Gardens, orangeries and hydroponic greenhouses will provide a rich supply of fruit and vegetables. Below sea level, floating reefs, seaweed, oysters, mussels, scallops and clams will clean the water and create new habitats for other marine life.

Above: Danish architects, Bjarke Ingels Group's Oceanix City design concept. 

Bjarke Ingels, founding partner of BIG, explained the mounting need for aquatic construction. “Nine out of ten of the world’s largest cities will be exposed to rising seas by 2050. The sea is our fate; it may also be our future. The architecture can grow, transform and adapt organically over time, with the possibility of scaling indefinitely to provide thriving nautical communities for people who care about each other and our planet.”

BIG is also designing affordable student housing using repurposed shipping containers that can float in the waterways of major cities.

The view that floating accommodation should not become a privilege of the rich is shared by Richard Coutts, founder of London-based architects Baca. Although his firm is involved in the design of luxury aquatic structures – such as the 50 eco lodges that will float amongst the reed beds around the £25million Tyram Lakes hotel resort in Yorkshire, in northern England – Coutts is also excited about the vast potential for more affordable homes in city centres.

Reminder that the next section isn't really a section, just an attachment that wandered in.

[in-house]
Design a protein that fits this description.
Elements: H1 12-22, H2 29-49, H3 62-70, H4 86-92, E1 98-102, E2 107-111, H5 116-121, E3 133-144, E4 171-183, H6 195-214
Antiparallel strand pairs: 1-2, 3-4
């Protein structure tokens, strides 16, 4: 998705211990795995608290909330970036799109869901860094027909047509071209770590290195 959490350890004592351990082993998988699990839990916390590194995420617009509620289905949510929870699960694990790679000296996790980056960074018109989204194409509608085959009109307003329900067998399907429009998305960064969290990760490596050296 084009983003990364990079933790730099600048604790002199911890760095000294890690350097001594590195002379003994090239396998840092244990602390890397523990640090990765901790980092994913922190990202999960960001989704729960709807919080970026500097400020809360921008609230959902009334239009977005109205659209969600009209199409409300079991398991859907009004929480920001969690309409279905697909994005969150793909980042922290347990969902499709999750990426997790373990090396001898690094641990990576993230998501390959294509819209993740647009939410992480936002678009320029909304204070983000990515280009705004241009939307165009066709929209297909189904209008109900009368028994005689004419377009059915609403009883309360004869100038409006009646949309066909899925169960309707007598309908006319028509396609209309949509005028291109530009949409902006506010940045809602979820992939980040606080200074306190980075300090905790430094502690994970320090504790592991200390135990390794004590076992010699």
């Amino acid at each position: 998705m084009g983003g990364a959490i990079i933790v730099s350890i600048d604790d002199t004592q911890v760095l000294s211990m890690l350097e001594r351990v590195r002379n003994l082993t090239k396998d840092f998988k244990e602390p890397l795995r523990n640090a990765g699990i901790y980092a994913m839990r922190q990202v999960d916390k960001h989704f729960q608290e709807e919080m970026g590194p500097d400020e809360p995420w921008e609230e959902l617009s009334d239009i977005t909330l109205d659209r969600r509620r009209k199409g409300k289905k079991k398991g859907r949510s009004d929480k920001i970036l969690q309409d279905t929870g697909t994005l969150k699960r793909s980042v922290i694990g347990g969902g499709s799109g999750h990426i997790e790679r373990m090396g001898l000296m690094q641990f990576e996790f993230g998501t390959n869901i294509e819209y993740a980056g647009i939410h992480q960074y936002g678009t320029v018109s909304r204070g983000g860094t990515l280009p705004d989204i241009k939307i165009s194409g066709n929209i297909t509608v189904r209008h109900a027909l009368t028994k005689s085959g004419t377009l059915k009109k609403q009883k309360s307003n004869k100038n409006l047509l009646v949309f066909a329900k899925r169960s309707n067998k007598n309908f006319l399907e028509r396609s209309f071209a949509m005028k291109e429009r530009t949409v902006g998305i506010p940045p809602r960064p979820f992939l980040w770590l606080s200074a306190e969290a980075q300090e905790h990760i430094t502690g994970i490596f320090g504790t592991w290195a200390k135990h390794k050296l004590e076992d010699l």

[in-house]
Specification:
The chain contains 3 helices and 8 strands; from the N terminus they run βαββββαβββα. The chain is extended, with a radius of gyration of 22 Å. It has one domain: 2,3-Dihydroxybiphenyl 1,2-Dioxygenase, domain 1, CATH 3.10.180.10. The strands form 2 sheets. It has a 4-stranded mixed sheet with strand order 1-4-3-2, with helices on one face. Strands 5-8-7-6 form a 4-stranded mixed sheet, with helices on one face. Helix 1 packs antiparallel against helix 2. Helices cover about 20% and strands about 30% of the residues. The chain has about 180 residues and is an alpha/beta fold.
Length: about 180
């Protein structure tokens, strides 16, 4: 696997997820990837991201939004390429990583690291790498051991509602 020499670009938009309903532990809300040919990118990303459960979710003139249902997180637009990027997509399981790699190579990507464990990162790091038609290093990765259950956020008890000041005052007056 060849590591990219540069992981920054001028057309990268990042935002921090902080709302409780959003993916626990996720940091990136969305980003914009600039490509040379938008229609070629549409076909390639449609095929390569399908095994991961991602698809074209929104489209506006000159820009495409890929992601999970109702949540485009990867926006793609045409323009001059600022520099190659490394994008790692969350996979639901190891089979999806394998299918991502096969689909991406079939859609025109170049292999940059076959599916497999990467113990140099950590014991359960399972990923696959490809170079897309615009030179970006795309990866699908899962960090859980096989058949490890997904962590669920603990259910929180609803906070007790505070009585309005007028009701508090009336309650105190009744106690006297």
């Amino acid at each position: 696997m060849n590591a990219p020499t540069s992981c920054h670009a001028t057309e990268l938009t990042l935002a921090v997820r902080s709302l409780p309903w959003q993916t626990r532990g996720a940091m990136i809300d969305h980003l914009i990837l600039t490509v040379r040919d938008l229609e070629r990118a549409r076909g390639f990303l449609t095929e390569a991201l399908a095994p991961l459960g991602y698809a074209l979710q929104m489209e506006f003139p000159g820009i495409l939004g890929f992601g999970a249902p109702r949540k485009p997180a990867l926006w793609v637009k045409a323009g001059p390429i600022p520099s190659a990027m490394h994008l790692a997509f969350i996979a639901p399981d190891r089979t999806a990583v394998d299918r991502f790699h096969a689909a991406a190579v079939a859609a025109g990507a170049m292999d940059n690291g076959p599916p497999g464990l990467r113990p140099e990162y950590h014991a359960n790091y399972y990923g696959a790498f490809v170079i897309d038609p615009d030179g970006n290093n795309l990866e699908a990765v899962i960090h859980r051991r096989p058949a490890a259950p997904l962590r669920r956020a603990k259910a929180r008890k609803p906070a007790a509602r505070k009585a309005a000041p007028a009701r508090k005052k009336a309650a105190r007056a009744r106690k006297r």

“How we inhabit a future with increased rainfall, increased sea levels and increased threat of flooding is central to our work,” he says. 

“As a society, we need to learn how to work better with water. When you live on water, you not only get magnificent views from your house, but you are also safe from the impacts of climate change. It just makes sense.”

He believes that improvements in technology and design in recent years will open the floodgates on aquatic living. “We’ve moved forward as an industry, demonstrating a proof of concept. 

Above: Baca's design of luxury aquatic structures. 

Today, it’s no longer about how, but how many, as we look towards mass production. If you consider the UK alone, there are 200 linear miles of redundant canals, with acres of unused dock areas. This represents real value for money, especially for cities looking to provide affordable housing for key workers. With the degeneration of town centres and their high streets, floating homes offer a different way of attracting families into the urban heartland.”

Stubborn land lubbers may prefer solid ground beneath their feet. However, Coutts is confident that sceptics will quickly embrace life on water.

Above: Baca's design of luxury aquatic structures. 


“You are in the fresh air, more closely connected to the weather and nature. You literally sway to the rhythm of the world around you,” he says. “We know from research that these views can help the healing process and speed the recovery rate in hospitals. There are clearly health benefits to aquatic living.”

Imagination is in ready supply, but it will take a different mindset from policy-makers and mortgage providers to translate these good ideas into genuine alternatives to land-based settlements.

Instead of fighting the sea with flood defences and land reclamation, the answer may lie in embracing undeveloped stretches of water on the edge of our cities. Not so much the green belt as the blue belt.